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Amount of data


Amount of data

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sqldummy79
sqldummy79
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I was wondering if there is a way to "trap" or track the amount of data (in bytes) that a select statement pulls when querying a table or tables. I'm trying to show some co-workers that using "select *" instead of "select <column_name>" is better. The only way I feel I can accomplish this is to show them the difference in the amount of data that they are pulling.

Thanks in advance



GilaMonster
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You can look at the execution plan, you're looking for the last arrow, the one pointing at the select operator. It is an estimate, not an actual, assuming stats are accurate it should be a decent estimate if the query is simple.

Gail Shaw
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SQL In The Wild: Discussions on DB performance with occasional diversions into recoverability

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Grant Fritchey
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You could take a look at the sys.dm_exec_query_stats information. You can see the total_logical_reads for all executions of the query. Compare the output of the two, possibly using the number of executions, also there, to get an average.

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wolfkillj
wolfkillj
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sqldummy79 (11/25/2012)
I was wondering if there is a way to "trap" or track the amount of data (in bytes) that a select statement pulls when querying a table or tables. I'm trying to show some co-workers that using "select *" instead of "select <column_name>" is better. The only way I feel I can accomplish this is to show them the difference in the amount of data that they are pulling.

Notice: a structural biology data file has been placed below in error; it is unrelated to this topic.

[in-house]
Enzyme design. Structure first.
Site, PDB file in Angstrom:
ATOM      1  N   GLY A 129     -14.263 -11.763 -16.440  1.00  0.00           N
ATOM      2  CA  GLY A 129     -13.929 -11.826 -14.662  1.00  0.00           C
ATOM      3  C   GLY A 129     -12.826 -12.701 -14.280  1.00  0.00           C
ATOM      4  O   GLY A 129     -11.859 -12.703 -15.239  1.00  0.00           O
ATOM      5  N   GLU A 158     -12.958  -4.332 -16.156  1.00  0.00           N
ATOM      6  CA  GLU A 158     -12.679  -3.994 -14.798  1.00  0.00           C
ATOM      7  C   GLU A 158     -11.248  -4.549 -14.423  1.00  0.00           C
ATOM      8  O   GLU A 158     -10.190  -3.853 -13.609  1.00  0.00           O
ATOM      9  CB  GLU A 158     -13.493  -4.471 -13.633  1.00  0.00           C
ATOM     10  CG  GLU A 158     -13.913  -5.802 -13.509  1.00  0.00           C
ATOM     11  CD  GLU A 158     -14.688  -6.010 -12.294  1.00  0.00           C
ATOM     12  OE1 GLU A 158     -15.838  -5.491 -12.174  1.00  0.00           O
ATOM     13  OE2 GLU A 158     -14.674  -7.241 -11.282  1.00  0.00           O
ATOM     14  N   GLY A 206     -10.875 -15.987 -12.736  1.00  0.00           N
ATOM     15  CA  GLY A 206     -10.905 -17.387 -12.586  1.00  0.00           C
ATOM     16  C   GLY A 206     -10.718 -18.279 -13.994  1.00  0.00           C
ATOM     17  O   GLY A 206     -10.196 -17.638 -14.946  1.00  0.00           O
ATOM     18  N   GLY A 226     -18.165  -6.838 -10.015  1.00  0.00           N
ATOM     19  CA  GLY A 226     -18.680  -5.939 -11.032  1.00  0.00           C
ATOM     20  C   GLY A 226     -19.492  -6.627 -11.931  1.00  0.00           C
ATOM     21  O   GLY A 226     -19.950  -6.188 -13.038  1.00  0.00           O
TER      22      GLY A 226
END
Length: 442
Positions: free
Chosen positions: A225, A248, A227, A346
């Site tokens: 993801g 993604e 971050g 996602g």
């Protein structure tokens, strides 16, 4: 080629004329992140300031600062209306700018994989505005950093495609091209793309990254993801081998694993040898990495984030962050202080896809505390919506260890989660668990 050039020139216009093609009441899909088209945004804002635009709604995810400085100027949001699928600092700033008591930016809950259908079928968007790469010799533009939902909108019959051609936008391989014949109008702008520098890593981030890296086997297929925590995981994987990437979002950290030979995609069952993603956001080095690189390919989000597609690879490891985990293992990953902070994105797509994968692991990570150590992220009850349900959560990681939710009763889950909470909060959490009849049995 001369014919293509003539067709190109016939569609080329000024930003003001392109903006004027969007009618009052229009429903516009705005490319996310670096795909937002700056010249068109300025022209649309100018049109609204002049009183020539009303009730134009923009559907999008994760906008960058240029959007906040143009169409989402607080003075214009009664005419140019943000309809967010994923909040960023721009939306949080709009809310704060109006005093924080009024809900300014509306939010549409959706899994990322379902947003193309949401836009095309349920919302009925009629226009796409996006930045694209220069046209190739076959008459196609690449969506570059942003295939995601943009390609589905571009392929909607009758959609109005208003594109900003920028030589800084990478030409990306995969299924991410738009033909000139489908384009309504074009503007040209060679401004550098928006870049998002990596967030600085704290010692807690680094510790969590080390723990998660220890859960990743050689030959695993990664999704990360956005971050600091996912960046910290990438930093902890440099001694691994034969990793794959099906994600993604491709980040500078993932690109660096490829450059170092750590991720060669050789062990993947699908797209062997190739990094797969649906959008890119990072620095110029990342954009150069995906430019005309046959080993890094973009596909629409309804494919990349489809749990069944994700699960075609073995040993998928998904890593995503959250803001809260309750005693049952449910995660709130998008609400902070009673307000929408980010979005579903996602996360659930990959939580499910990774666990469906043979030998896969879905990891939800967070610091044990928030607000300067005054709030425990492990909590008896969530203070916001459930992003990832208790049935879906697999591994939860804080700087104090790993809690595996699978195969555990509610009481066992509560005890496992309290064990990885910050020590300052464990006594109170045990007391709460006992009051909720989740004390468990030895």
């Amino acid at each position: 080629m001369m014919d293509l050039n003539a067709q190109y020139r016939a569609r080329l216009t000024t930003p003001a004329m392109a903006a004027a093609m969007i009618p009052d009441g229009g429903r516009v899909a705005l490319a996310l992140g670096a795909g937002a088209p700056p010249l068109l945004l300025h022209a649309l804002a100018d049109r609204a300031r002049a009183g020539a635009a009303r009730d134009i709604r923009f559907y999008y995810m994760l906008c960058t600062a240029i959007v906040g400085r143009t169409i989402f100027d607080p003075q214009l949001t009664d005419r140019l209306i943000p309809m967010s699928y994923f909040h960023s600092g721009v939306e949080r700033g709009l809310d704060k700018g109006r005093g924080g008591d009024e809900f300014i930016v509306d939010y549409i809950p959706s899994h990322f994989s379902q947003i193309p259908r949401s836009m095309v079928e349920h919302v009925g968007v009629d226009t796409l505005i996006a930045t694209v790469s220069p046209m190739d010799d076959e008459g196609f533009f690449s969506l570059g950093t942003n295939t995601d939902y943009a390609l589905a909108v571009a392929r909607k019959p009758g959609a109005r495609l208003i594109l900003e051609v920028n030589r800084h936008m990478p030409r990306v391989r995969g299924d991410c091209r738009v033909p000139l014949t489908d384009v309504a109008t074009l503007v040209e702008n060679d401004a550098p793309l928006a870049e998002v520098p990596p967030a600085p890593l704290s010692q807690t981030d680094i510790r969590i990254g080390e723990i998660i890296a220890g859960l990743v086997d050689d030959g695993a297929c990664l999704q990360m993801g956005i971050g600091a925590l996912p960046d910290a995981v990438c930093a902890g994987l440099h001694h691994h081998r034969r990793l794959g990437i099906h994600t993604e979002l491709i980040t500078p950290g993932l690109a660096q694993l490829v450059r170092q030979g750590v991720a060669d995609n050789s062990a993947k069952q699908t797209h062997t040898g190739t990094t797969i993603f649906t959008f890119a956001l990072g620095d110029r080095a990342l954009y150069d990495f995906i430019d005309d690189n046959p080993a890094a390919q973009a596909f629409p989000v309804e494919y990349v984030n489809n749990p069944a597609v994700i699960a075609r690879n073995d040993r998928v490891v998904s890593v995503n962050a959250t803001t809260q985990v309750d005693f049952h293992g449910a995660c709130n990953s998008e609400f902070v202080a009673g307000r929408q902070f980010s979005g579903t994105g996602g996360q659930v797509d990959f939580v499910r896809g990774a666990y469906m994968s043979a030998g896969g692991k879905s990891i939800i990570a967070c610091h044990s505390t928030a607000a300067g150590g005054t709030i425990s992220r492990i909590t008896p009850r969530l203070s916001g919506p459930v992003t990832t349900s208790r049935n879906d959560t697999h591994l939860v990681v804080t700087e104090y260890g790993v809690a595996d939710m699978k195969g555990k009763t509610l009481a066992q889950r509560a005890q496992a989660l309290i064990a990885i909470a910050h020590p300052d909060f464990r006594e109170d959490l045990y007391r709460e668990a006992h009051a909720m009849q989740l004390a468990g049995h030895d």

Thanks in advance


Wait - whaaa? How is using "select *" better than using "select <column_name>"?

Selecting every column (i.e., "SELECT *") is going to result in, at a minimum, the retrieval of rows from the leaf level of the clustered index or from the heap (or from the leaf level of a non-clustered index that includes all columns of the table). If the optimizer uses a non-clustered index that is not a covering index in evaluating the WHERE clause or join conditions, there will be a index scan or seek followed by a key lookup, which means that SQL Server must read even more pages to get to the final result set.

On the other hand, "SELECT <column_name, n>" may require SQL Server to read less data than "SELECT *" when a covering index exists that includes fewer than all the columns of the table and the optimizer can use it to satisfy the query. SQL Server will read the data from the leaf level of the covering index, where the rows will be narrower than the clustered index/heap rows. More rows may fit on each page, so SQL Server may be able to satisfy the query by reading fewer pages.

While there may be some use cases that demonstrate the opposite, I feel fairly confident that "SELECT <column_name, . . . n>" queries will generally require fewer page reads than "SELECT *" queries when well-constructed covering indexes are available. In the absence of covering indexes, SELECT <column_name, . . . n>" queries generally should not require SQL Server to read more data than "SELECT *" queries.